Unfortunately, the team found that its method can’t help patients with advanced dementia.

“When looking at a patient with mild memory loss, there’s probably enough residual signal to work with, but not when there’s significant memory loss,” Hampson said.

Constantine Lyketsos, professor of psychiatry and behavioral sciences at John Hopkins Medicine in Baltimore which is trialing a deep brain stimulator implant for Alzheimer’s patients was a little skeptical of the other team’s claims.

“The brain has a lot of redundancy, it can function pretty well if loses one or two parts. But memory involves circuits diffusely dispersed throughout the brain so it’s hard to envision.” However, he added that it was more likely to be successful in helping victims of stroke or localized brain injury as indeed its makers are aiming to do.

The UK’s Alzheimer’s Society is cautiously optimistic.

“Finding ways to combat symptoms caused by changes in the brain is an ongoing battle for researchers. An implant like this one is an interesting avenue to explore,” said Doug Brown, director of research and development.

Hampson says the team’s breakthrough is “like the difference between a cane, to help you walk, and a prosthetic limb — it’s two different approaches.”

It will still take time for many people to accept their findings and their claims, he says, but they don’t expect to have a shortage of volunteers stepping forward to try their implant — the project is partly funded by the U.S. military which is looking for help with battlefield injuries.

There are U.S. soldiers coming back from operations with brain trauma and a neurologist at DARPA (the Defense Advanced Research Projects Agency) is asking “what can you do for my boys?” Hampson says.

“That’s what it’s all about.”

http://www.cnn.com/2013/05/07/tech/brain-memory-implants-humans/index.html?iref=allsearch

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Around 220,000 people worldwide already walk around with cochlear implants — devices worn around the ear that turn sound waves into electrical impulses shunted directly into the auditory nerve.

Tens of thousands of people have been implanted with deep brain stimulators, devices that send an electrode tunneling several inches in the brain. Deep brain stimulators are used to control Parkinson’s disease, though lately they’ve also been tested — with encouraging results — in use against severe depression and obsessive compulsive disorder.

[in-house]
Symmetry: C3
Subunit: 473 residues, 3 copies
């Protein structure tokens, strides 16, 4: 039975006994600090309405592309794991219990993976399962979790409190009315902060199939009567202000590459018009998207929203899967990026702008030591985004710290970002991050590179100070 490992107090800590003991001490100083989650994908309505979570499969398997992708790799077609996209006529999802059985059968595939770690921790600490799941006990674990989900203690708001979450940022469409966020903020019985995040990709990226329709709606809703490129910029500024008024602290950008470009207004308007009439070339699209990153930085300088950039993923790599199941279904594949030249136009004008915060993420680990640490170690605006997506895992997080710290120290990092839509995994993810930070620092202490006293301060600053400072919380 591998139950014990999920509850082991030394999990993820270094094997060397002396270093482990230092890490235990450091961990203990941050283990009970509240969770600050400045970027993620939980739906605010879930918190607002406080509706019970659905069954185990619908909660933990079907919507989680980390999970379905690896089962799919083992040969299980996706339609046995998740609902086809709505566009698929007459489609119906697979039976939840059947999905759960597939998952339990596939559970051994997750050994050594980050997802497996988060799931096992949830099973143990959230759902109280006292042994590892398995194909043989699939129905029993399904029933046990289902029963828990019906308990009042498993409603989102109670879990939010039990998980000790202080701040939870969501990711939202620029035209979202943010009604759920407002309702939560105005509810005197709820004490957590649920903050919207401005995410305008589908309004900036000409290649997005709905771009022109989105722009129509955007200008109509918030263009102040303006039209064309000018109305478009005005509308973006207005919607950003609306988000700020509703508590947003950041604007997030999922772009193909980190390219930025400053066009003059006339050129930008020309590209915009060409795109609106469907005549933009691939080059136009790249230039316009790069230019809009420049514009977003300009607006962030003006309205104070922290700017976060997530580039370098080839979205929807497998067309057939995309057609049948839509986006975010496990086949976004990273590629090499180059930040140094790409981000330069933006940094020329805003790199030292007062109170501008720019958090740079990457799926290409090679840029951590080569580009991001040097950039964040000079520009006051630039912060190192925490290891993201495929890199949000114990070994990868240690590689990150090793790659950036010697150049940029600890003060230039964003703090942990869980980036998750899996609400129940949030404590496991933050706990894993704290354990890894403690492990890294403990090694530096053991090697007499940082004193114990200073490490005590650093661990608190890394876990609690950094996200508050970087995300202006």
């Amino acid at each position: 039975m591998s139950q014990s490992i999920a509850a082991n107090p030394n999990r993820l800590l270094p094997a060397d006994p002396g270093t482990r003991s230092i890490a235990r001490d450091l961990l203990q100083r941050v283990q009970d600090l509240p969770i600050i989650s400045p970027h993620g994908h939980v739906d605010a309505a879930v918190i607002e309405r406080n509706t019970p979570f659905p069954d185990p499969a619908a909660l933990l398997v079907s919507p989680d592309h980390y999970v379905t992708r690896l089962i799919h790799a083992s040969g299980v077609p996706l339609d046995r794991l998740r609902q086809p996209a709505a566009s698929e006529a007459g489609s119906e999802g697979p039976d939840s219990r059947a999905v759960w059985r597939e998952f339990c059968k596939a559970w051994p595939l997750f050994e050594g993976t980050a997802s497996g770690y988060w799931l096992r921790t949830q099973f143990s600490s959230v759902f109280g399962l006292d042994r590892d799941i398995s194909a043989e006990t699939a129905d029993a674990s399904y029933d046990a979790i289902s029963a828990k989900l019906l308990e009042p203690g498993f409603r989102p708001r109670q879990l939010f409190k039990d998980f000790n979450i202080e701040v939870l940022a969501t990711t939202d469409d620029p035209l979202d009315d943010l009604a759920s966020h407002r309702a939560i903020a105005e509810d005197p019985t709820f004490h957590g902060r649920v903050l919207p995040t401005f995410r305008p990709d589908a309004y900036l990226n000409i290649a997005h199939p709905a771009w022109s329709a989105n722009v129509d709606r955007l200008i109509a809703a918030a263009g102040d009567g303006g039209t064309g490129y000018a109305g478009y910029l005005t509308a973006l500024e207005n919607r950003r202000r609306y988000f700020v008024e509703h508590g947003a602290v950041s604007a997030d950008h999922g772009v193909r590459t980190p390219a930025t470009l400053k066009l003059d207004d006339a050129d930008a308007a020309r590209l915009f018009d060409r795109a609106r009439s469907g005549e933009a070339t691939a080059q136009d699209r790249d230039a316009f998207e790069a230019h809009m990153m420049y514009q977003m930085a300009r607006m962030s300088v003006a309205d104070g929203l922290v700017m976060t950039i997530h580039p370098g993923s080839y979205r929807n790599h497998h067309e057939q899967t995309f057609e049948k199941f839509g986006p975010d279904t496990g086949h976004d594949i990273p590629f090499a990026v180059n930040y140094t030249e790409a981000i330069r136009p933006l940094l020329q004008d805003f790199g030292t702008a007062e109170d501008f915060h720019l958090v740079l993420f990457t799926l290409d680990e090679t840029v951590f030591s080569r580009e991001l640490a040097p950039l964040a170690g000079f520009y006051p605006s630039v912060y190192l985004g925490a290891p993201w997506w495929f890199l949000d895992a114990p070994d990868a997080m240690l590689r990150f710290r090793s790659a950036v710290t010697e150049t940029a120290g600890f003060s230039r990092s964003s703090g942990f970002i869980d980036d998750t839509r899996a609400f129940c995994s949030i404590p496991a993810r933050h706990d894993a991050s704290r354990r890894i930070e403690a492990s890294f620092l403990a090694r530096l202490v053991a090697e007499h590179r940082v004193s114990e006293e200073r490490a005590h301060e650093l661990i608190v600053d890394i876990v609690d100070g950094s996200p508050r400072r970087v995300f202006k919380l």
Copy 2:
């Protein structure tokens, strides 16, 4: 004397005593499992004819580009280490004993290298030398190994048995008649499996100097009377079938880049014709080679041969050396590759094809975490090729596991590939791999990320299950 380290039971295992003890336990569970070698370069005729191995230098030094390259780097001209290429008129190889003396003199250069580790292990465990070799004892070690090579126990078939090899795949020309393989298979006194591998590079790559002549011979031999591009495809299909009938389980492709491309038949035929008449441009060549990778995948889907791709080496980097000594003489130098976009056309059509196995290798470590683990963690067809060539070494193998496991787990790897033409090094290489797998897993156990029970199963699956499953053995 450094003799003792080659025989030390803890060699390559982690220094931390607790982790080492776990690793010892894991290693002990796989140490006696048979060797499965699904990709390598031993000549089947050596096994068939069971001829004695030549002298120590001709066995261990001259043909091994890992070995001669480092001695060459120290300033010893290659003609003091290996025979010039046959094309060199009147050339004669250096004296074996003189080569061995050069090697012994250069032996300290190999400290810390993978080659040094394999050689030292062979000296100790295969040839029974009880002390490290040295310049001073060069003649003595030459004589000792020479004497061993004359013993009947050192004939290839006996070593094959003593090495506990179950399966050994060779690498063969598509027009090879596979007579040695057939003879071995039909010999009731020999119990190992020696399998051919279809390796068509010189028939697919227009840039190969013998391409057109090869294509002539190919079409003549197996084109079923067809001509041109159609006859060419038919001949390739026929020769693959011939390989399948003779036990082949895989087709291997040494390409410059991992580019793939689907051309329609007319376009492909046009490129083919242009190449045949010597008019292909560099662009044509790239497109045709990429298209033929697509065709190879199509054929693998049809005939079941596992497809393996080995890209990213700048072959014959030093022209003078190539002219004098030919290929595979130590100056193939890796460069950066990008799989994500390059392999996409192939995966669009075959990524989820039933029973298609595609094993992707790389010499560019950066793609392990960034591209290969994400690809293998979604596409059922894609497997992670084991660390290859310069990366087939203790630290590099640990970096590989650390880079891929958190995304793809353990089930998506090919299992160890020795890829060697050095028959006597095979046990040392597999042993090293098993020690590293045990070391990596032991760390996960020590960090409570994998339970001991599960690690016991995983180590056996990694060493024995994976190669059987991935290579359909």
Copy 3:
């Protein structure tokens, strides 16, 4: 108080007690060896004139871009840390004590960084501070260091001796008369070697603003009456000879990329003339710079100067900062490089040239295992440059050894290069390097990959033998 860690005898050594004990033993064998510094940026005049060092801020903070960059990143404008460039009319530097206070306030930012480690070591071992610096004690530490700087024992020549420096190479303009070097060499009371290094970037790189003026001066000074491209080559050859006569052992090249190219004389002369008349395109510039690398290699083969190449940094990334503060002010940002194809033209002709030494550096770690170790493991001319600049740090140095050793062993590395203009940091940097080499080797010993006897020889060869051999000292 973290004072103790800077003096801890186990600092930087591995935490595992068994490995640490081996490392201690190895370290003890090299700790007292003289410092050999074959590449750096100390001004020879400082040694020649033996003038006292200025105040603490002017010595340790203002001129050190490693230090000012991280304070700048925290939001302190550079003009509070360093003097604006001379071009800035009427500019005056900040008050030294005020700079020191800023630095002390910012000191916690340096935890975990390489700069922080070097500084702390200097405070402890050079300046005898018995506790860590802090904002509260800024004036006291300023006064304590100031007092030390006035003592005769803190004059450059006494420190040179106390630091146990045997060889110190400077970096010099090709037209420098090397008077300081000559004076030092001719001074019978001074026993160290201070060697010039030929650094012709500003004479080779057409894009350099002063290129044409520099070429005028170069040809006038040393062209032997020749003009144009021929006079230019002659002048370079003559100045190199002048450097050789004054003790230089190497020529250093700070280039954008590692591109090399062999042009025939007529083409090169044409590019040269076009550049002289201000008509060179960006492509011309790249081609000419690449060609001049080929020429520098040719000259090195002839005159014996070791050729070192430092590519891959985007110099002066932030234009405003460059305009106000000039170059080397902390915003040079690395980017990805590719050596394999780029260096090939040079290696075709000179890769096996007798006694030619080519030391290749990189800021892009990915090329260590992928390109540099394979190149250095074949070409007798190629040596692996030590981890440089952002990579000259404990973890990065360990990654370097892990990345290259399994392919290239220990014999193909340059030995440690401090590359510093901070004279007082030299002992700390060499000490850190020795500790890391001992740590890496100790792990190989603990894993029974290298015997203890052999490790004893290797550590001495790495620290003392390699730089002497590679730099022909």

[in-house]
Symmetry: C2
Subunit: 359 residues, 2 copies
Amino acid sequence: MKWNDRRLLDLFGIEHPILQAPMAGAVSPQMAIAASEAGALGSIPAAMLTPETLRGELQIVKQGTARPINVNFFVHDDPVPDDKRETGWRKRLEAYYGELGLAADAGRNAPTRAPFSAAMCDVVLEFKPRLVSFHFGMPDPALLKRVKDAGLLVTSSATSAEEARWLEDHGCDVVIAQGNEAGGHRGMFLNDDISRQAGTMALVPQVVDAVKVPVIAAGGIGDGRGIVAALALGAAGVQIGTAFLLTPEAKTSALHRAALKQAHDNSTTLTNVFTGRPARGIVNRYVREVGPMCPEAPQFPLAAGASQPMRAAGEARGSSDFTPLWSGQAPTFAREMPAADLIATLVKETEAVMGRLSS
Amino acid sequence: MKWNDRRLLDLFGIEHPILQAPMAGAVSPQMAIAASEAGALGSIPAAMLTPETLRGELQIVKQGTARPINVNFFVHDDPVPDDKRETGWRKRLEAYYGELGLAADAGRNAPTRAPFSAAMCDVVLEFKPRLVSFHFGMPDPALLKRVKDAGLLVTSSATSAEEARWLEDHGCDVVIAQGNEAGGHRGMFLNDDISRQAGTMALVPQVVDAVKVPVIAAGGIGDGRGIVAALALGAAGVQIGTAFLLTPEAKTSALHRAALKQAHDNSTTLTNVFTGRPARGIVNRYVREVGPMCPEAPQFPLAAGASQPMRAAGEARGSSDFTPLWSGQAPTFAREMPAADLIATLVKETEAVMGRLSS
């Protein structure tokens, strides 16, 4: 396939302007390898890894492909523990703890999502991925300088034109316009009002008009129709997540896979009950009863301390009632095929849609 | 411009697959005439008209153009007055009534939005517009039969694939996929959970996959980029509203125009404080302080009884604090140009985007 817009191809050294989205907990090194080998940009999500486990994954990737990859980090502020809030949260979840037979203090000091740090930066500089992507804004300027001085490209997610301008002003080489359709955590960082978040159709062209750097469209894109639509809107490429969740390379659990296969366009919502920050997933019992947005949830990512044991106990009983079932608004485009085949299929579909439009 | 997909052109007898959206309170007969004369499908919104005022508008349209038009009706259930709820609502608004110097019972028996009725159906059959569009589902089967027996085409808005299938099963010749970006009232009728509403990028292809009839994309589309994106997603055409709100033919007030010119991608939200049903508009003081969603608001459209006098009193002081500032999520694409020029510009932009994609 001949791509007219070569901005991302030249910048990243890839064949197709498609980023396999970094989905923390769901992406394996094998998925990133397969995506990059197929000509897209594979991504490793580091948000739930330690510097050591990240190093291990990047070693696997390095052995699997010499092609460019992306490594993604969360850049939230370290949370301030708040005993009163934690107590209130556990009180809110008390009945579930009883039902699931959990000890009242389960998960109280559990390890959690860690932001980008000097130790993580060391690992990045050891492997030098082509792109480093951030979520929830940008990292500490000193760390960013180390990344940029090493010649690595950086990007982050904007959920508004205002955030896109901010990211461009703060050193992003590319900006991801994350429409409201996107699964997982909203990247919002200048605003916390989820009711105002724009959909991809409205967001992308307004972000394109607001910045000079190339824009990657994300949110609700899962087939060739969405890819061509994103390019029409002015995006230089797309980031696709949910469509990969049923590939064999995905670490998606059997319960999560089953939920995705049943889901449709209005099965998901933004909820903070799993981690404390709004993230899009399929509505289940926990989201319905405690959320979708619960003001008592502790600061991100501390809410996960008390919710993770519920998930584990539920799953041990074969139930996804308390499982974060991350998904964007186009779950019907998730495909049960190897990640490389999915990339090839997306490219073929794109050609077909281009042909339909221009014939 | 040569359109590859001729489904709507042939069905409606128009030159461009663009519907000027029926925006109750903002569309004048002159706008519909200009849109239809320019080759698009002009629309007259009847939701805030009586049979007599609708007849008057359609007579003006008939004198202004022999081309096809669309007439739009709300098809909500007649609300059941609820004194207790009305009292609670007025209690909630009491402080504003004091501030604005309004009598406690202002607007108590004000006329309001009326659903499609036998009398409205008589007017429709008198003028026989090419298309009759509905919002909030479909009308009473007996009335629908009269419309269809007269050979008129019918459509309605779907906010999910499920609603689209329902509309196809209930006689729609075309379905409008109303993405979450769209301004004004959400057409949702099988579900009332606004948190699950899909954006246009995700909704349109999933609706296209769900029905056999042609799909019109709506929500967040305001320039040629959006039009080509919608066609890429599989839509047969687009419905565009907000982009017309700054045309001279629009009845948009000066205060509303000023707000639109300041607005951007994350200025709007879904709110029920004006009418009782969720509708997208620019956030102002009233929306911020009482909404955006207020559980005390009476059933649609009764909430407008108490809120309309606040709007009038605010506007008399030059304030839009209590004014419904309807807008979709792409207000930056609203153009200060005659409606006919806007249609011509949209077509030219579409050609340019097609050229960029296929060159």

The most obvious bionics are those that replace limbs. Olympian “Blade Runner” Oscar Pistorius, now awaiting trial for the alleged murder of his girlfriend, made a splash with his Cheetah carbon fiber prostheses. Yet those are a relatively simple technology — a curved piece of slightly springy, super-strong material. In the digital age, we’re seeing more sophisticated limbs.

Consider the thought-controlled bionic leg that Zac Vawter used to climb all 103 floors of Chicago’s Willis Tower. Or the nerve-controlled bionic hand that Iraq war veteran Glen Lehman had attached after the loss of his original hand.

Or the even more sophisticated i-limb Ultra, an artificial hand with five independently articulating artificial fingers. Those limbs don’t just react mechanically to pressure. They actually respond to the thoughts and intentions of their owners, flexing, extending, gripping, and releasing on mental command.

The age when prostheses were largely inert pieces of wood, metal, and plastic is passing. Advances in microprocessors, in techniques to interface digital technology with the human nervous system, and in battery technology to allow prostheses to pack more power with less weight are turning replacement limbs into active parts of the human body.

In some cases, they’re not even part of the body at all. Consider the case of Cathy Hutchinson. In 1997, Cathy had a stroke, leaving her without control of her arms. Hutchinson volunteered for an experimental procedure that could one day help millions of people with partial or complete paralysis. She let researchers implant a small device in the part of her brain responsible for motor control. With that device, she is able to control an external robotic arm by thinking about it.